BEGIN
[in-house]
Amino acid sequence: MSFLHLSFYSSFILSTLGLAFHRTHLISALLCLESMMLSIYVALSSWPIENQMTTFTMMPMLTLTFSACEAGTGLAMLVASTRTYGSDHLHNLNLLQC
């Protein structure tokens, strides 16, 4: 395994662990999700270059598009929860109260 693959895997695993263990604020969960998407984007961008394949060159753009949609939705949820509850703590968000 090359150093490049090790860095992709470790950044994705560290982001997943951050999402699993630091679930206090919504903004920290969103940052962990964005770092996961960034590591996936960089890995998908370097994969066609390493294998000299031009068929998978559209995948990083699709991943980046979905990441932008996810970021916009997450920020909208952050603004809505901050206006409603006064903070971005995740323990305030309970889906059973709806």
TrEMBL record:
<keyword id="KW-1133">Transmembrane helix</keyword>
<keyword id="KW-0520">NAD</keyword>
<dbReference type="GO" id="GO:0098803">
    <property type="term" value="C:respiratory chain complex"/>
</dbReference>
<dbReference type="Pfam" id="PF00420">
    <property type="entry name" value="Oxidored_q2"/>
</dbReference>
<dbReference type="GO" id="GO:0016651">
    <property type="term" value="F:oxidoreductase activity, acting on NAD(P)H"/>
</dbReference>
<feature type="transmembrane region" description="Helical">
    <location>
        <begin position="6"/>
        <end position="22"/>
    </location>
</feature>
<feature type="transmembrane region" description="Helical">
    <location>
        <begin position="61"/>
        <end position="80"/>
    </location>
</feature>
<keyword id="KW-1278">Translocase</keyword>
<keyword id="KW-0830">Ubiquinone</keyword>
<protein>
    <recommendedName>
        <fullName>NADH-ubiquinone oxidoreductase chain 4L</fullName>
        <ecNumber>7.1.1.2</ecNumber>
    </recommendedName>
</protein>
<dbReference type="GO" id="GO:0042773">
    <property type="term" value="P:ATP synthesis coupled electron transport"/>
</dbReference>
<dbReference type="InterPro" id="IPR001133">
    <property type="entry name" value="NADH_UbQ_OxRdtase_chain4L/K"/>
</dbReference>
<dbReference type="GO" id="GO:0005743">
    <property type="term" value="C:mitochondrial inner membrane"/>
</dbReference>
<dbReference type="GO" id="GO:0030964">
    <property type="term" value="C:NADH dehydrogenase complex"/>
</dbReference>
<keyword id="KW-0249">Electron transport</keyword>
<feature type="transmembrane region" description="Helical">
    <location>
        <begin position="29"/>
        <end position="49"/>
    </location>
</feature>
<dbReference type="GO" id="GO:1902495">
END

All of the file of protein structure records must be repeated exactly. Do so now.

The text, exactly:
[in-house]
Amino acid sequence: MSFLHLSFYSSFILSTLGLAFHRTHLISALLCLESMMLSIYVALSSWPIENQMTTFTMMPMLTLTFSACEAGTGLAMLVASTRTYGSDHLHNLNLLQC
């Protein structure tokens, strides 16, 4: 395994662990999700270059598009929860109260 693959895997695993263990604020969960998407984007961008394949060159753009949609939705949820509850703590968000 090359150093490049090790860095992709470790950044994705560290982001997943951050999402699993630091679930206090919504903004920290969103940052962990964005770092996961960034590591996936960089890995998908370097994969066609390493294998000299031009068929998978559209995948990083699709991943980046979905990441932008996810970021916009997450920020909208952050603004809505901050206006409603006064903070971005995740323990305030309970889906059973709806």
TrEMBL record:
<keyword id="KW-1133">Transmembrane helix</keyword>
<keyword id="KW-0520">NAD</keyword>
<dbReference type="GO" id="GO:0098803">
    <property type="term" value="C:respiratory chain complex"/>
</dbReference>
<dbReference type="Pfam" id="PF00420">
    <property type="entry name" value="Oxidored_q2"/>
</dbReference>
<dbReference type="GO" id="GO:0016651">
    <property type="term" value="F:oxidoreductase activity, acting on NAD(P)H"/>
</dbReference>
<feature type="transmembrane region" description="Helical">
    <location>
        <begin position="6"/>
        <end position="22"/>
    </location>
</feature>
<feature type="transmembrane region" description="Helical">
    <location>
        <begin position="61"/>
        <end position="80"/>
    </location>
</feature>
<keyword id="KW-1278">Translocase</keyword>
<keyword id="KW-0830">Ubiquinone</keyword>
<protein>
    <recommendedName>
        <fullName>NADH-ubiquinone oxidoreductase chain 4L</fullName>
        <ecNumber>7.1.1.2</ecNumber>
    </recommendedName>
</protein>
<dbReference type="GO" id="GO:0042773">
    <property type="term" value="P:ATP synthesis coupled electron transport"/>
</dbReference>
<dbReference type="InterPro" id="IPR001133">
    <property type="entry name" value="NADH_UbQ_OxRdtase_chain4L/K"/>
</dbReference>
<dbReference type="GO" id="GO:0005743">
    <property type="term" value="C:mitochondrial inner membrane"/>
</dbReference>
<dbReference type="GO" id="GO:0030964">
    <property type="term" value="C:NADH dehydrogenase complex"/>
</dbReference>
<keyword id="KW-0249">Electron transport</keyword>
<feature type="transmembrane region" description="Helical">
    <location>
        <begin position="29"/>
        <end position="49"/>
    </location>
</feature>
<dbReference type="GO" id="GO:1902495">